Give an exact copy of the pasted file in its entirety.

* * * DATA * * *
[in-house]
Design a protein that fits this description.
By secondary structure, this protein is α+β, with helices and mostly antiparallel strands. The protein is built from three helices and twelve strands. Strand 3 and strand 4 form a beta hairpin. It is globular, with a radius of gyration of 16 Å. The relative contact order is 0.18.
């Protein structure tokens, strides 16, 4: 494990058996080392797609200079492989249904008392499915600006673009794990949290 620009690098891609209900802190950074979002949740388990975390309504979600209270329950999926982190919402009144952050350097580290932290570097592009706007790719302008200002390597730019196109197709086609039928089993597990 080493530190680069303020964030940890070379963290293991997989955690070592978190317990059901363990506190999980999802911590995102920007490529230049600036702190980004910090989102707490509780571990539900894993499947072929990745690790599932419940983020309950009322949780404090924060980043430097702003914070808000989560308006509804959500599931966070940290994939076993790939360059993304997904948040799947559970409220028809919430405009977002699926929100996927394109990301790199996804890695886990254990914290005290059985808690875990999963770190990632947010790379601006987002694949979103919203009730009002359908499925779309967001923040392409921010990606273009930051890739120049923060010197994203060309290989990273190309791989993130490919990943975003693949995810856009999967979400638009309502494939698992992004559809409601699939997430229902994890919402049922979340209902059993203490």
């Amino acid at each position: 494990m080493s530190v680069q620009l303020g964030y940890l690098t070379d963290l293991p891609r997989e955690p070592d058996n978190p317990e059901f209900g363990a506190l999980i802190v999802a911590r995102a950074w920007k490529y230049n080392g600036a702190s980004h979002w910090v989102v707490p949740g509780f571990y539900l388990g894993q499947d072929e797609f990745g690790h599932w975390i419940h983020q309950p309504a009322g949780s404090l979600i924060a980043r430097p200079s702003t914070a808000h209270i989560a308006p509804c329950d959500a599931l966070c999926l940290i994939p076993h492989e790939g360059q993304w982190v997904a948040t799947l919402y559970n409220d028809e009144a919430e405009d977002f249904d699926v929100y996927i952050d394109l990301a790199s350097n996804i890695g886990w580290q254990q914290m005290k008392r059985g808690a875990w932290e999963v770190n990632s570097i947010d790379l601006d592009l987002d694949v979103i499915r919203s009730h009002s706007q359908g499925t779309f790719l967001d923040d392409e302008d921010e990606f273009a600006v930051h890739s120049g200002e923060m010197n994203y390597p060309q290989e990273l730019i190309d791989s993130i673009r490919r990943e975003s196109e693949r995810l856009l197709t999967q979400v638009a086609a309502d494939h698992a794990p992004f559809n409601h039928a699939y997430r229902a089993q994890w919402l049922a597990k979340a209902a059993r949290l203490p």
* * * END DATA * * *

[in-house]
Design a protein that fits this description.
By secondary structure, this protein is α+β, with helices and mostly antiparallel strands. The protein is built from three helices and twelve strands. Strand 3 and strand 4 form a beta hairpin. It is globular, with a radius of gyration of 16 Å. The relative contact order is 0.18.
């Protein structure tokens, strides 16, 4: 494990058996080392797609200079492989249904008392499915600006673009794990949290 620009690098891609209900802190950074979002949740388990975390309504979600209270329950999926982190919402009144952050350097580290932290570097592009706007790719302008200002390597730019196109197709086609039928089993597990 080493530190680069303020964030940890070379963290293991997989955690070592978190317990059901363990506190999980999802911590995102920007490529230049600036702190980004910090989102707490509780571990539900894993499947072929990745690790599932419940983020309950009322949780404090924060980043430097702003914070808000989560308006509804959500599931966070940290994939076993790939360059993304997904948040799947559970409220028809919430405009977002699926929100996927394109990301790199996804890695886990254990914290005290059985808690875990999963770190990632947010790379601006987002694949979103919203009730009002359908499925779309967001923040392409921010990606273009930051890739120049923060010197994203060309290989990273190309791989993130490919990943975003693949995810856009999967979400638009309502494939698992992004559809409601699939997430229902994890919402049922979340209902059993203490």
């Amino acid at each position: 494990m080493s530190v680069q620009l303020g964030y940890l690098t070379d963290l293991p891609r997989e955690p070592d058996n978190p317990e059901f209900g363990a506190l999980i802190v999802a911590r995102a950074w920007k490529y230049n080392g600036a702190s980004h979002w910090v989102v707490p949740g509780f571990y539900l388990g894993q499947d072929e797609f990745g690790h599932w975390i419940h983020q309950p309504a009322g949780s404090l979600i924060a980043r430097p200079s702003t914070a808000h209270i989560a308006p509804c329950d959500a599931l966070c999926l940290i994939p076993h492989e790939g360059q993304w982190v997904a948040t799947l919402y559970n409220d028809e009144a919430e405009d977002f249904d699926v929100y996927i952050d394109l990301a790199s350097n996804i890695g886990w580290q254990q914290m005290k008392r059985g808690a875990w932290e999963v770190n990632s570097i947010d790379l601006d592009l987002d694949v979103i499915r919203s009730h009002s706007q359908g499925t779309f790719l967001d923040d392409e302008d921010e990606f273009a600006v930051h890739s120049g200002e923060m010197n994203y390597p060309q290989e990273l730019i190309d791989s993130i673009r490919r990943e975003s196109e693949r995810l856009l197709t999967q979400v638009a086609a309502d494939h698992a794990p992004f559809n409601h039928a699939y997430r229902a089993q994890w919402l049922a597990k979340a209902a059993r949290l203490p």